From veterans to tax payers, contractors to military personnel, the U.S. government is one of the world’s largest harbors of personally identifiable information (PII). Year after year of security breaches has done nothing but destroy public trust in the government’s ability to protect PII about citizens, employees, and contractors.
Protecting PII is a tricky business. Although NIST categorizes what constitutes PII in its Guide to Protecting the Confidentiality of Personally Identifiable Information, even once you understand what PII is in government there remains the challenge of determining where this information is located and stored. Typically, PII resides in either structured data sources such as databases, or in unstructured information such as emails, documents, and other file types. The problem is worsened by the fact that unstructured data can travel anywhere – from the desktop, to a tablet, smartphone, or into the cloud.
This all raises a number of questions and concerns:
• How do you identify which unstructured information contains PII?
• How do you make employees, contractors and partners aware that certain files contain PII?
• How do you involve information creators in the protection of PII?
• What security controls are available?
Step 1: Identify your PII
Automated categorization, marking, and metadata tagging of PII are key processes which can be used to identifying and determining where PII is located and stored.
Automated categorization can be used to scan existing documents and emails to try to identify PII and is recommended for large file repositories. The problem is that this method can throw up false positives and negatives.
To tag PII as it’s being created, marking and tagging have long been used in government to identify that an email or document contains sensitive information (see an example below).
Metadata tagging works by inserting metadata into unstructured information. This then tags files that contain sensitive PII so that other systems, such as email gateways, DLP systems, and search engine can read and act on that metadata.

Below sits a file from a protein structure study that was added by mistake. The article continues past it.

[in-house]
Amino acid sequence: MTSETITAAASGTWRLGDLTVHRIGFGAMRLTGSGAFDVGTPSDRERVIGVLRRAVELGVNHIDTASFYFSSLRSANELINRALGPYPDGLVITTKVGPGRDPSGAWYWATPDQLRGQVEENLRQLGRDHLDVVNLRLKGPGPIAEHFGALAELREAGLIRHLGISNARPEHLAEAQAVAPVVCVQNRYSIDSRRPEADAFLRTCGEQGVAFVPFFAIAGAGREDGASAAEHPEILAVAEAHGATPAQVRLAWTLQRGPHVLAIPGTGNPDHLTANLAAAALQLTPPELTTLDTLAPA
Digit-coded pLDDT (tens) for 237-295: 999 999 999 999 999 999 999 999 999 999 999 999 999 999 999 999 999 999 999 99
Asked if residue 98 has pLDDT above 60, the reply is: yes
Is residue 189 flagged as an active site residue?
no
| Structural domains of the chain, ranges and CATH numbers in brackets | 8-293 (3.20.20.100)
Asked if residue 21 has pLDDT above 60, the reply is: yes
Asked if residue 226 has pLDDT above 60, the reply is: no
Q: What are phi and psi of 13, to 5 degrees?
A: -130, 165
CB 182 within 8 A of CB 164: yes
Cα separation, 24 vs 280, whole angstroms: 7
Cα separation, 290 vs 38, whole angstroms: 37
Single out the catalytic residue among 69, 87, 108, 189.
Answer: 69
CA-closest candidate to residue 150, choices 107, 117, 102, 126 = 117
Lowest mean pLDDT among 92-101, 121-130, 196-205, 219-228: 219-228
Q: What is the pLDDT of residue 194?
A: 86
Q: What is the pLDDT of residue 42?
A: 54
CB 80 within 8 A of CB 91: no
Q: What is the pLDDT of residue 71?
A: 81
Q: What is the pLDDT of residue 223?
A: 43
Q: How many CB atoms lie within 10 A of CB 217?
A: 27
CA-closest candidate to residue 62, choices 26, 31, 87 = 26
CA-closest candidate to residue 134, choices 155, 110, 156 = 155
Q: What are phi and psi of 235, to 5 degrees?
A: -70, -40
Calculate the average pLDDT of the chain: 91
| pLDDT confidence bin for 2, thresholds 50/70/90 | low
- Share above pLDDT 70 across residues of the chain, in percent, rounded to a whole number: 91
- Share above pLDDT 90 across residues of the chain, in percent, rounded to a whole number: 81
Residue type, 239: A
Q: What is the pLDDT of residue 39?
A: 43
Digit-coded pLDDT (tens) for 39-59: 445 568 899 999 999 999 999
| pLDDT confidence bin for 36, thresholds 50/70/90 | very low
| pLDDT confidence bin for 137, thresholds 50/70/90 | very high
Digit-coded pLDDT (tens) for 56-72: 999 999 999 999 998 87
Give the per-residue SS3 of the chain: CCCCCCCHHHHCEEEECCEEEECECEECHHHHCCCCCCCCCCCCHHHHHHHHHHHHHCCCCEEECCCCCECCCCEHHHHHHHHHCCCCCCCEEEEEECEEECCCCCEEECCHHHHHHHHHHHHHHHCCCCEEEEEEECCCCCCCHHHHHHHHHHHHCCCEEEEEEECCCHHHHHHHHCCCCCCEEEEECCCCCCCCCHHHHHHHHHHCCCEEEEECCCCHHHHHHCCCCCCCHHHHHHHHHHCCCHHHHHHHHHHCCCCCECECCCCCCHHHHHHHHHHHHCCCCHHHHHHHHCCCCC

Step 2: Educate and Build Awareness of PII
Inadvertent data loss is the number one reason for data breaches, and NIST emphasizes education, training, and awareness as a vital operational safeguard for PII protection. Training on the proper identification and handling of PII is a must for any organization. But how do you get employees to adhere to the training best practices days, weeks, or months down the line? Continuing education is needed to educate users while they are working. For example, automated content warnings and markings keep users engaged in the process of protecting PII. Below is an example of a content warning system built into Microsoft Outlook.
Step 3: Select the Appropriate Controls to Protect your PII
There are many NIST SP 800-53 recommended controls that can be used to protect the confidentiality of PII including access enforcement, separation of duties, remote access controls, transmission confidentiality via encryption, protection of information at rest, and more.
Whether it is during the creation of emails, documents, or other file types, your users become part of the solution, instead of part of the problem. TITUS allows users to identify or classify this unstructured information, and educates them on proper data handling. Because the information is identified, organizations can better manage and secure their information and meet their data governance and compliance requirements. TITUS is uniquely positioned to meet the classification requirements of government and military customers. As the leading provider of user-based email and document classification solutions, TITUS offers a complete classification management solution for the Microsoft Office platform.